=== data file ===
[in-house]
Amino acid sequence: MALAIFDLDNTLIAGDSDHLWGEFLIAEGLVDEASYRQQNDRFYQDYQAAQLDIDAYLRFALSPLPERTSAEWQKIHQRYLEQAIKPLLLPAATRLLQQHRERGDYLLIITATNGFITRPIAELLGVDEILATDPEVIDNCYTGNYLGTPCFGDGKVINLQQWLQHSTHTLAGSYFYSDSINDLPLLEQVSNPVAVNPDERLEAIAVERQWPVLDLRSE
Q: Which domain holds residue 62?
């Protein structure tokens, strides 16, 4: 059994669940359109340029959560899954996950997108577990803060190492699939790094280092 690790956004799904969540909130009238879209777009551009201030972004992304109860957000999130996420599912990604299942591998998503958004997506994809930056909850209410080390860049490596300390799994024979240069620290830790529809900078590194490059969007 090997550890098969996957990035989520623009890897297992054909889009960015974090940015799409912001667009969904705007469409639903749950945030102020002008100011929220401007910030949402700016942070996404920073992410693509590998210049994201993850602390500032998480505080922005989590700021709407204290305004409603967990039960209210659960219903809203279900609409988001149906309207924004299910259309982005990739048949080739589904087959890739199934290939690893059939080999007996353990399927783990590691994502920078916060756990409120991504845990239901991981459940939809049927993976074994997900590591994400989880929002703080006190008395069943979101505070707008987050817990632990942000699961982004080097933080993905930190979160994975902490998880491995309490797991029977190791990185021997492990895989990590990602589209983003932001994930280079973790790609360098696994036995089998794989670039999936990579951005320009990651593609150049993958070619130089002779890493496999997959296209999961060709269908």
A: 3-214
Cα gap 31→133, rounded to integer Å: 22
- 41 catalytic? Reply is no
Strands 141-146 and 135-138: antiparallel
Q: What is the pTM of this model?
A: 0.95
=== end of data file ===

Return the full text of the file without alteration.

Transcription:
[in-house]
Amino acid sequence: MALAIFDLDNTLIAGDSDHLWGEFLIAEGLVDEASYRQQNDRFYQDYQAAQLDIDAYLRFALSPLPERTSAEWQKIHQRYLEQAIKPLLLPAATRLLQQHRERGDYLLIITATNGFITRPIAELLGVDEILATDPEVIDNCYTGNYLGTPCFGDGKVINLQQWLQHSTHTLAGSYFYSDSINDLPLLEQVSNPVAVNPDERLEAIAVERQWPVLDLRSE
Q: Which domain holds residue 62?
């Protein structure tokens, strides 16, 4: 059994669940359109340029959560899954996950997108577990803060190492699939790094280092 690790956004799904969540909130009238879209777009551009201030972004992304109860957000999130996420599912990604299942591998998503958004997506994809930056909850209410080390860049490596300390799994024979240069620290830790529809900078590194490059969007 090997550890098969996957990035989520623009890897297992054909889009960015974090940015799409912001667009969904705007469409639903749950945030102020002008100011929220401007910030949402700016942070996404920073992410693509590998210049994201993850602390500032998480505080922005989590700021709407204290305004409603967990039960209210659960219903809203279900609409988001149906309207924004299910259309982005990739048949080739589904087959890739199934290939690893059939080999007996353990399927783990590691994502920078916060756990409120991504845990239901991981459940939809049927993976074994997900590591994400989880929002703080006190008395069943979101505070707008987050817990632990942000699961982004080097933080993905930190979160994975902490998880491995309490797991029977190791990185021997492990895989990590990602589209983003932001994930280079973790790609360098696994036995089998794989670039999936990579951005320009990651593609150049993958070619130089002779890493496999997959296209999961060709269908």
A: 3-214
Cα gap 31→133, rounded to integer Å: 22
- 41 catalytic? Reply is no
Strands 141-146 and 135-138: antiparallel
Q: What is the pTM of this model?
A: 0.95